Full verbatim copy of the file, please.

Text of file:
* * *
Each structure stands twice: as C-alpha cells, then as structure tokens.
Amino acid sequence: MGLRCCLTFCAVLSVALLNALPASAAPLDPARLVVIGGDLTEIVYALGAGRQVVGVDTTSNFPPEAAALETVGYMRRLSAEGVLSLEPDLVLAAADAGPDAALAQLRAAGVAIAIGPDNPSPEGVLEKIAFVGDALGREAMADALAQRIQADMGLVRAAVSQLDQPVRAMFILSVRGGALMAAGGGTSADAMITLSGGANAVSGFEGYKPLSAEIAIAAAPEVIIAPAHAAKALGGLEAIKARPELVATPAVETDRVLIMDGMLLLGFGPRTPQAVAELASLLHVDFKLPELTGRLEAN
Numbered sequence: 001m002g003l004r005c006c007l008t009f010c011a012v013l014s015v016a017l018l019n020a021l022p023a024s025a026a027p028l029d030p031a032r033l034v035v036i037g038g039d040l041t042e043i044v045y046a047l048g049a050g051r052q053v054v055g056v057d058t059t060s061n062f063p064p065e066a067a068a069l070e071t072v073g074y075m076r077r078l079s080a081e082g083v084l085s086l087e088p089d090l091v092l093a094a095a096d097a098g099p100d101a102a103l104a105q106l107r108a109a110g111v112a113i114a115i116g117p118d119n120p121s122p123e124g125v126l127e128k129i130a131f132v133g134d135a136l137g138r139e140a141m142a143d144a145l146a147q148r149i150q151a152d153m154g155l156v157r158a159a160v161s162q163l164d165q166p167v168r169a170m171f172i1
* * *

Each structure stands twice: as C-alpha cells, then as structure tokens.
Amino acid sequence: MGLRCCLTFCAVLSVALLNALPASAAPLDPARLVVIGGDLTEIVYALGAGRQVVGVDTTSNFPPEAAALETVGYMRRLSAEGVLSLEPDLVLAAADAGPDAALAQLRAAGVAIAIGPDNPSPEGVLEKIAFVGDALGREAMADALAQRIQADMGLVRAAVSQLDQPVRAMFILSVRGGALMAAGGGTSADAMITLSGGANAVSGFEGYKPLSAEIAIAAAPEVIIAPAHAAKALGGLEAIKARPELVATPAVETDRVLIMDGMLLLGFGPRTPQAVAELASLLHVDFKLPELTGRLEAN
Numbered sequence: 001m002g003l004r005c006c007l008t009f010c011a012v013l014s015v016a017l018l019n020a021l022p023a024s025a026a027p028l029d030p031a032r033l034v035v036i037g038g039d040l041t042e043i044v045y046a047l048g049a050g051r052q053v054v055g056v057d058t059t060s061n062f063p064p065e066a067a068a069l070e071t072v073g074y075m076r077r078l079s080a081e082g083v084l085s086l087e088p089d090l091v092l093a094a095a096d097a098g099p100d101a102a103l104a105q106l107r108a109a110g111v112a113i114a115i116g117p118d119n120p121s122p123e124g125v126l127e128k129i130a131f132v133g134d135a136l137g138r139e140a141m142a143d144a145l146a147q148r149i150q151a152d153m154g155l156v157r158a159a160v161s162q163l164d165q166p167v168r169a170m171f172i1